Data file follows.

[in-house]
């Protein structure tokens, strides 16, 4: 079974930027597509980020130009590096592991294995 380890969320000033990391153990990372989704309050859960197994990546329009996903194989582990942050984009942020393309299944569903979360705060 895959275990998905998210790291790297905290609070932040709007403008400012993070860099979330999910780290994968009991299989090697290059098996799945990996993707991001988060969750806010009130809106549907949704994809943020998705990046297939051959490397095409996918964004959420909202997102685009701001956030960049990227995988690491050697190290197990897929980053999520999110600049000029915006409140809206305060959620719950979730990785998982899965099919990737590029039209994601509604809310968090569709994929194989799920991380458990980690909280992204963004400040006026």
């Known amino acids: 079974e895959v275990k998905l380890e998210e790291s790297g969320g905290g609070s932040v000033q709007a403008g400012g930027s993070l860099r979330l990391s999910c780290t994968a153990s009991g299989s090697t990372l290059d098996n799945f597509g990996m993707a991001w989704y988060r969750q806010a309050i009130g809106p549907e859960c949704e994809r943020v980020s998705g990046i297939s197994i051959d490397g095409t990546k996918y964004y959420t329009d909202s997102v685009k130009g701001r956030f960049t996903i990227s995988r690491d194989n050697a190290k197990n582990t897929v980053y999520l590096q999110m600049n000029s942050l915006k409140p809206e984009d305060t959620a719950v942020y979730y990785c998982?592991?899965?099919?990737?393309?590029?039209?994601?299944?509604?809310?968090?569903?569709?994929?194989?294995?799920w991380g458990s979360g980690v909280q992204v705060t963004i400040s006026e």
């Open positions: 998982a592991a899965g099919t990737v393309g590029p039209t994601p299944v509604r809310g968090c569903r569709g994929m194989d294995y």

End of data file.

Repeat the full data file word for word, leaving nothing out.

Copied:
[in-house]
């Protein structure tokens, strides 16, 4: 079974930027597509980020130009590096592991294995 380890969320000033990391153990990372989704309050859960197994990546329009996903194989582990942050984009942020393309299944569903979360705060 895959275990998905998210790291790297905290609070932040709007403008400012993070860099979330999910780290994968009991299989090697290059098996799945990996993707991001988060969750806010009130809106549907949704994809943020998705990046297939051959490397095409996918964004959420909202997102685009701001956030960049990227995988690491050697190290197990897929980053999520999110600049000029915006409140809206305060959620719950979730990785998982899965099919990737590029039209994601509604809310968090569709994929194989799920991380458990980690909280992204963004400040006026």
């Known amino acids: 079974e895959v275990k998905l380890e998210e790291s790297g969320g905290g609070s932040v000033q709007a403008g400012g930027s993070l860099r979330l990391s999910c780290t994968a153990s009991g299989s090697t990372l290059d098996n799945f597509g990996m993707a991001w989704y988060r969750q806010a309050i009130g809106p549907e859960c949704e994809r943020v980020s998705g990046i297939s197994i051959d490397g095409t990546k996918y964004y959420t329009d909202s997102v685009k130009g701001r956030f960049t996903i990227s995988r690491d194989n050697a190290k197990n582990t897929v980053y999520l590096q999110m600049n000029s942050l915006k409140p809206e984009d305060t959620a719950v942020y979730y990785c998982?592991?899965?099919?990737?393309?590029?039209?994601?299944?509604?809310?968090?569903?569709?994929?194989?294995?799920w991380g458990s979360g980690v909280q992204v705060t963004i400040s006026e």
């Open positions: 998982a592991a899965g099919t990737v393309g590029p039209t994601p299944v509604r809310g968090c569903r569709g994929m194989d294995y």